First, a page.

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Agriculture

Ag robot speeds data collection, analyses of crops as they grow

A new lightweight, low-cost agricultural robot, developed by a team of scientists at the University of Illinois, could transform data collection and field scouting for agronomists, seed companies and farmers.

 

Scientists seeking rare river crayfish aren't just kicking rocks

As far as anyone can tell, the cold-water crayfish Faxonius eupunctus makes its home in a 30-mile stretch of the Eleven Point River and nowhere else in the world. According to a new study, the animal is most abundant in the middle part its range, a rocky expanse in southern Missouri – with up to 35,000 cubic feet of chilly Ozark river water flowing by each second.

Would replacing food stamps with food boxes reduce hunger?

Swapping food stamps for food boxes would mean scrapping 'the most successful government program we have going today,' said U. of I. professor Craig Gundersen

Neuroimaging reveals lasting brain deficits in iron-deficient piglets

Iron deficiency in the first four weeks of a piglet’s life – equivalent to roughly four months in a human infant – impairs the development of key brain structures, scientists report. The abnormalities remain even after weeks of iron supplementation begun later in life, the researchers found.

Agricultural fungicide attracts honey bees, study finds

When given the choice, honey bee foragers prefer to collect sugar syrup laced with the fungicide chlorothalonil over sugar syrup alone, researchers report in the journal Scientific Reports.

Many Midwestern retailers sell mislabeled invasive vines

Gardeners hoping to celebrate the beauty of American bittersweet – a native vine that produces orange berries in the fall and is used for wreaths – may be unwittingly buying an invasive bittersweet instead. That’s because many Midwestern retailers are selling oriental bittersweet with labels misidentifying it as the native plant, researchers report. These sales are occurring in stores and online.

Genomic study explores evolution of gentle ‘killer bees’ in Puerto Rico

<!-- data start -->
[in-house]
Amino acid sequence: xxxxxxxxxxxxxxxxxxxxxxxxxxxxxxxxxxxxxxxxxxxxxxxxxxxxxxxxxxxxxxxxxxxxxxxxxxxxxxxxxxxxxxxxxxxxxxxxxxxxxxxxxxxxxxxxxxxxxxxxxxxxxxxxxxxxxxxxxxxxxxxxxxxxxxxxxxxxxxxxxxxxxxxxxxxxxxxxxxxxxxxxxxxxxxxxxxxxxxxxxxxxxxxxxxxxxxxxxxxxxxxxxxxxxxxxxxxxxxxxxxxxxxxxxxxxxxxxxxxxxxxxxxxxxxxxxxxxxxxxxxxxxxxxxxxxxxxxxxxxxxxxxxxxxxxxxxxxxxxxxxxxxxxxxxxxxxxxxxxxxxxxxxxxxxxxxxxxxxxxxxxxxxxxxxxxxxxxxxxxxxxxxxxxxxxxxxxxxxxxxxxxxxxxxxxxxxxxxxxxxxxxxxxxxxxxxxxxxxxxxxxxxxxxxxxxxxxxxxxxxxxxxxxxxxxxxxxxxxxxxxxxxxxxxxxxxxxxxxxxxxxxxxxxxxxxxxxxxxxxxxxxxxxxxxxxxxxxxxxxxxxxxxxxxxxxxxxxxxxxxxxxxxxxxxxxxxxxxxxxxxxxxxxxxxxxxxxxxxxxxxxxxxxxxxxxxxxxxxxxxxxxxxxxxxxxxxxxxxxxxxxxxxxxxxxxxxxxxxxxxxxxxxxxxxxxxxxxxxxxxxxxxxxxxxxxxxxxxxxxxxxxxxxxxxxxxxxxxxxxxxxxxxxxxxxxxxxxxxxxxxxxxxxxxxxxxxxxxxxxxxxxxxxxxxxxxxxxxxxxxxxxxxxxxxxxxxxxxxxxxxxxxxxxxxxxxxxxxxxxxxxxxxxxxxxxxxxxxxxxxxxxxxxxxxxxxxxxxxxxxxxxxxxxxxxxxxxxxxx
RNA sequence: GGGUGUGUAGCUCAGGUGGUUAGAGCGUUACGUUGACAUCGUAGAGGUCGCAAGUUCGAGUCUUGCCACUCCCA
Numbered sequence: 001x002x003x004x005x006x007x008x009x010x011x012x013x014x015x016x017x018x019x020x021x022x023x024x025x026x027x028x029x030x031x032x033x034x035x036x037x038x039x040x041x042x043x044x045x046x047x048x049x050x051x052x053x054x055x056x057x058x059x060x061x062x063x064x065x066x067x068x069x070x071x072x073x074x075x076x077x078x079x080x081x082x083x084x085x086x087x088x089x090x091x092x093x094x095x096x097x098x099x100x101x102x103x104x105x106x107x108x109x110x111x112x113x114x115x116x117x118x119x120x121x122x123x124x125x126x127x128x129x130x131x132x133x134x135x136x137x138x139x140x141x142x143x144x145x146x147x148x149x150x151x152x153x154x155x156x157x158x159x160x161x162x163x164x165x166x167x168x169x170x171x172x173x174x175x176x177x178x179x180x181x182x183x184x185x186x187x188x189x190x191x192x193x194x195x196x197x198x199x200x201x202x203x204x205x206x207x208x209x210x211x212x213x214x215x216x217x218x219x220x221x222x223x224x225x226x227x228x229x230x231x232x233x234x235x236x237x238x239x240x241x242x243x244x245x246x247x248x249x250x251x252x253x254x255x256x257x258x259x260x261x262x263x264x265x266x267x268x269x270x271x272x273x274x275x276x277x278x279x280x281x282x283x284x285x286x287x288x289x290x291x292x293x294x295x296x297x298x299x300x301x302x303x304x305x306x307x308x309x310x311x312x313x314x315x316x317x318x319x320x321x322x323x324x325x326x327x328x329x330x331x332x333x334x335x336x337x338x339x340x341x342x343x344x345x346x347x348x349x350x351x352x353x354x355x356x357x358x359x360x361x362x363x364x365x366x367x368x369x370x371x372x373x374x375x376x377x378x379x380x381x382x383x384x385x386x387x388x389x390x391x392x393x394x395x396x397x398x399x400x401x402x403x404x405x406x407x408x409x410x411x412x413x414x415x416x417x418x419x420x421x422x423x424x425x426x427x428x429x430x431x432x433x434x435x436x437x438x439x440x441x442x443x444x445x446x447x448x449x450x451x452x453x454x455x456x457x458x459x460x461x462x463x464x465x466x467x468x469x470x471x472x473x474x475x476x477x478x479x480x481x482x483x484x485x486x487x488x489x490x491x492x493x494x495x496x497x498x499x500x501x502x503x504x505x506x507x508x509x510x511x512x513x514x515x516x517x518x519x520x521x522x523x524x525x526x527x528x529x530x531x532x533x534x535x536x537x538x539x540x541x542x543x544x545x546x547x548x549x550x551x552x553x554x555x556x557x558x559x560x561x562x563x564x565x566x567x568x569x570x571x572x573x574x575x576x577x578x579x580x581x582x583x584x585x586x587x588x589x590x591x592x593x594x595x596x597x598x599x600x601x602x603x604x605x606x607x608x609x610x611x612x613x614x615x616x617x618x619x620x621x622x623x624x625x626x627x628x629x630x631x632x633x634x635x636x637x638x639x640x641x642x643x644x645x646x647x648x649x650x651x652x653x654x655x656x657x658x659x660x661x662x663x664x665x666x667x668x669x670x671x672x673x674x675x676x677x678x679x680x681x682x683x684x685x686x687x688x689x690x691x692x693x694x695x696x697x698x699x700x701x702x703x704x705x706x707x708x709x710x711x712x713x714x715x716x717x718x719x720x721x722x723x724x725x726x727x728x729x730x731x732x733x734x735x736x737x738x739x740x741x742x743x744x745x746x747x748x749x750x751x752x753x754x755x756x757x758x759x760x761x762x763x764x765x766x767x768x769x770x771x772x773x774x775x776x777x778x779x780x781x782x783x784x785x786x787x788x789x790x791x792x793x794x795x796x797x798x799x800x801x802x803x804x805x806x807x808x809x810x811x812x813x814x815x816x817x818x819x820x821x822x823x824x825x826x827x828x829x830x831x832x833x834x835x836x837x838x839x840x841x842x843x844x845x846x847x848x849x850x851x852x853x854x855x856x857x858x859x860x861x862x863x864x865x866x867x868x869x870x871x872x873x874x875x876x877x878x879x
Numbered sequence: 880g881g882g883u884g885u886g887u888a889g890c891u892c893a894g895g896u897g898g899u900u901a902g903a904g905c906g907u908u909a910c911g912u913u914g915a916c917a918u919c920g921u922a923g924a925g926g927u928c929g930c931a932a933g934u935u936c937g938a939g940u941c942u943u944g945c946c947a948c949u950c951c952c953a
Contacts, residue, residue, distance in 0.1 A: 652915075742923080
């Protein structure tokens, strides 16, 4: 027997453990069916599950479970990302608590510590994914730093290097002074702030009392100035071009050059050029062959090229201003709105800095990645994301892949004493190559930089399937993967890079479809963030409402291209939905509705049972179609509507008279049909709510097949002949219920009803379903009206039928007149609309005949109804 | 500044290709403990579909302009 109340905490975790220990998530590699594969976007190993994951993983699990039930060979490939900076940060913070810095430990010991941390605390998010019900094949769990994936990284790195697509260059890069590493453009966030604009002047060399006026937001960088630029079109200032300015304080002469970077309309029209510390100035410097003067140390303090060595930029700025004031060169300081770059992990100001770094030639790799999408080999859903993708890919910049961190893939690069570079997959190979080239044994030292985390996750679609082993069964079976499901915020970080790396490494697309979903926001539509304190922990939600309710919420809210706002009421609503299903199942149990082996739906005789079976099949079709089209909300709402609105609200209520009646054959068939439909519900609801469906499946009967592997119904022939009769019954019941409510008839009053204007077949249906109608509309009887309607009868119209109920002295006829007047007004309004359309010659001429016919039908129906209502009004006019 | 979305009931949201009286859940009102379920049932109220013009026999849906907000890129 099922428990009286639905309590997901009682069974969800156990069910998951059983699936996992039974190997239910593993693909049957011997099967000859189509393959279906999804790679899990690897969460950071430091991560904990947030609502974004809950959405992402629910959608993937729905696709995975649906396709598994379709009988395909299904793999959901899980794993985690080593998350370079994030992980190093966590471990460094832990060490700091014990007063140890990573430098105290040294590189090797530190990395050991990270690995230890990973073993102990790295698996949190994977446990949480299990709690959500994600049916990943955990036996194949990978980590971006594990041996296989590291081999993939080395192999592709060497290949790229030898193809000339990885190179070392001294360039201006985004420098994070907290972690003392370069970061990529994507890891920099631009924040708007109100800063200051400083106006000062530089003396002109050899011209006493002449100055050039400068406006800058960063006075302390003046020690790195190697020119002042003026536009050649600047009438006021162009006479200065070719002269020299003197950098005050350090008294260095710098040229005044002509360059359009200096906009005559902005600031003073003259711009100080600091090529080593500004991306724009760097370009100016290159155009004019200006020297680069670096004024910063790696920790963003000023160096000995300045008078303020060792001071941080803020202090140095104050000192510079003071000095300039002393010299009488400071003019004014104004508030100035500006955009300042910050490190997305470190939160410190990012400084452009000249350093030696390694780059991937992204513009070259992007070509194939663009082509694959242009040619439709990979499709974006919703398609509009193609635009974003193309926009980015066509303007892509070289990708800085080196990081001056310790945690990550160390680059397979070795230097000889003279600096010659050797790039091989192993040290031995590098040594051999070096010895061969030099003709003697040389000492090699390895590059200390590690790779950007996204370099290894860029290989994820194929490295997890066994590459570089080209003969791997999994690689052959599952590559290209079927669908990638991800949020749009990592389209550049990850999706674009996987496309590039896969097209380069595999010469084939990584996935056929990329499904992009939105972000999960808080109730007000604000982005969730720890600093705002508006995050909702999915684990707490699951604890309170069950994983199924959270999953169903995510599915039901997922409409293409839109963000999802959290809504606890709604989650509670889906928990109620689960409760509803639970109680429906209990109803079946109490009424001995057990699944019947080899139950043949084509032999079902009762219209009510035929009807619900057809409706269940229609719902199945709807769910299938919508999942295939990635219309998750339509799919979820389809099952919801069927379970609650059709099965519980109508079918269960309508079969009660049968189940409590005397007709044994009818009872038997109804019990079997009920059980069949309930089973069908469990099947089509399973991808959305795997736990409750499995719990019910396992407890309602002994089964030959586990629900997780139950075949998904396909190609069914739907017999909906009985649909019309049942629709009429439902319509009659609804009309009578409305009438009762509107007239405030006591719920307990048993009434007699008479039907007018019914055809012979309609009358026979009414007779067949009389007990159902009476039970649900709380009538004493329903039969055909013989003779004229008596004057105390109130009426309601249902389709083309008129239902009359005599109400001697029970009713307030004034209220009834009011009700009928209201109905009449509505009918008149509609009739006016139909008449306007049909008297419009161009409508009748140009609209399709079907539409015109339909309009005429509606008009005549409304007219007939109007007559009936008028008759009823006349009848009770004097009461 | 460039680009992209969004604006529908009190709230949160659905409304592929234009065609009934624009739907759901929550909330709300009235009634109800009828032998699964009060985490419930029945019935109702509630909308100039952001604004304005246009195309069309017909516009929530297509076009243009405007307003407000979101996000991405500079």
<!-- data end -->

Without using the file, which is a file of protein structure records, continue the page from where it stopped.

A genomic study of Puerto Rico’s Africanized honey bees – which are more docile than other so-called “killer bees” – reveals that they retain most of the genetic traits of their African honey bee ancestors, but that a few regions of their DNA have become more like those of European honey bees. According to the researchers, these changes likely contributed to the bees’ rapid evolution toward gentleness in Puerto Rico, a change that occurred within 30 years.

Scientists: Expanding Brazilian sugarcane could dent global CO2 emissions

Vastly expanding sugarcane production in Brazil for conversion to ethanol could reduce current global carbon dioxide emissions by as much as 5.6 percent, researchers report in the journal Nature Climate Change.

Illinois sportfish recovery a result of 1972 Clean Water Act, scientists report

Populations of largemouth bass, bluegill, catfish and other sportfish are at the highest levels recorded in more than a century in the Illinois River, according to a new report. Their dramatic recovery, from populations close to zero near Chicago throughout much of the 20th century, began just after implementation of the Clean Water Act, the researchers say.

Some plants grow bigger – and meaner – when clipped, study finds

Some plants behave like the mythical monster Hydra: Cut off their heads and they grow back, bigger and better than before. A new study finds that these “overcompensators,” as they are called, also augment their defensive chemistry – think plant venom – when they are clipped.

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